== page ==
Also in Scranton, there's a new translator on the air for WGMF (107.7 Tunkhannock). This one's W283BE (104.5 Clarks Summit), shooting 96 watts from a hilltop overlooking the Pennsylvania Turnpike spur north of Scranton.

*Up in CANADA, there's a new station on the air in eastern Ontario.

CHLK (88.1 Perth) signed on Friday as "88.1 the Lake," serving an area that includes Smiths Falls and Lanark, reports Milkman UnLimited. Norm Wright and Brian Perkin are the owners, with Wright handling morning drive and Perkin on the air in the afternoon. Michael O'Brien, late of Ottawa's CFRA, is the news director.

Way over at the other end of the province, CKPR (580 Thunder Bay) turned off its AM transmitter for the last time last week, completing its move to 91.5 on the FM dial. If you're playing the home game, you'll note that this means there are now no full-power AM signals anywhere in Ontario west of Sudbury.

In Sarnia, Points Eagle Radio has been granted a license for a 6 kW directional signal on 103.3. It will relay CKTI (107.7 Kettle Point ON), serving the aboriginal community in the area.

Out on Prince Edward Island, the CRTC has granted the CBC's application for a new 940-watt directional signal on 92.7 at Elmira. It'll relay CBCT (96.1 Charlottetown), bringing CBC Radio One service to the eastern end of the island that will be losing the service it's long enjoyed from CBA (1070 Moncton NB) when that station moves to FM soon.

From the NERW Archives

(Yup, we've been doing this a long time now, and so we're digging back into the vaults for a look at what NERW was covering one, five and ten years ago this week, or thereabouts - the column appeared on an erratic schedule in its earliest years as "New England Radio Watch," and didn't go to a regular weekly schedule until 1997. Thanks to for the idea - and thanks to you, our readers, for the support that's made all these years of NERW possible!)

August 14, 2006 -

  • Smooth jazz fans in southeast PENNSYLVANIA are without a radio station this week, and plenty of other listeners in and around Philadelphia may soon be punching buttons, listening for other changes on the city's dial. The big, immediate news was the long-rumored end to smooth jazz at Clear Channel's WJJZ (106.1 Philadelphia), which ended that format last Thursday (August 10) at noon, signing off with a montage of its artists and with Hall and Oates' "She's Gone" before relaunching with rhythmic AC as "Philly's 106.1," the new home (effective this morning) of the syndicated Whoopi Goldberg morning show.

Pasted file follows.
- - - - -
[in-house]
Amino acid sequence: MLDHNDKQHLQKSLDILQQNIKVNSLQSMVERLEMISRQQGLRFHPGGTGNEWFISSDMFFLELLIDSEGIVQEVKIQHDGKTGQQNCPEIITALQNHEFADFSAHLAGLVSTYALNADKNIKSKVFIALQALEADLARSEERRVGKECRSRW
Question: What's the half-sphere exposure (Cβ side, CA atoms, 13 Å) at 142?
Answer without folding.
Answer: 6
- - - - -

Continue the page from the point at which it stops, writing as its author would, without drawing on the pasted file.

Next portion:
• At the same time, the soft AC "Sunny" format on sister station WSNI (104.5 Philadelphia) came to its own end, signing off with Elton John's "Don't Let the Sun Go Down on Me" - and launching into a slightly-delayed simulcast of WJJZ.
  • The other big Philadelphia news last week was the death, on his 81st birthday, of Mike Douglas, who moved from his first career as a big-band singer to new fame as a TV talk-show host in the sixties. Douglas' first show was on Westinghouse's KYW-TV in Cleveland - but when Westinghouse reversed its 1956 station swap with NBC in 1965, the KYW-TV calls and most of its staff moved from Cleveland to channel 3 in Philadelphia. The Mike Douglas Show became one of the era's most successful syndicated offerings, and it continued to emanate from Philadelphia until 1978, when Douglas moved the show to Los Angeles.
  • The next piece of the WCRB saga came together late last week, when Charles River Broadcasting confirmed that it's selling its RHODE ISLAND stations - classical WCRI (95.9 Block Island) and CNN Headline News WCNX (1180 Hope Valley) - to Christopher Jones, son of WCRB founder Ted Jones. No format changes are expected at either station, and here's the interesting part: in the press release, Jones said he hoped to also acquire Charles River's remaning MASSACHUSETTS stations, Cape Cod's classical WFCC (107.5 Chatham) and rock WKPE (104.7 Orleans), as well as the World Classical Network service that's being run out of WCRB.
  • There's plenty of AM-to-FM action in southern ONTARIO this week - and a rare AM-to-AM move, too. In Oshawa, Durham Radio's CKDO (1350) pulled the plug on that AM frequency just after the 10 AM news on Sunday, returning to the air later that night on its new frequency of 1580, where it boosts power from 10 kW days/5 kW nights to 10 kW fulltime. CKDO is also heard on an FM relay at 107.7 in Oshawa, and that's where most of the listeners are these days, we suspect.
  • To the east, CHUC (1450 Cobourg) signed on its new FM facility at 1 PM last Friday. The new CHUC-FM (107.9) is known on-air as "107.9 the Breeze" (no connection, we're pretty sure, to the ill-fated fast ferry that briefly connected Toronto to Rochester), and after a 90-day simulcast period, the AM signal on 1450 will go dark for good. There's a connection here to the CKDO move - CHUC was granted a move from 1450 to 1580 a few years ago, but then abandoned that plan in favor of the move to FM, opening the 1580 frequency for use in Oshawa.

August 19, 2002 -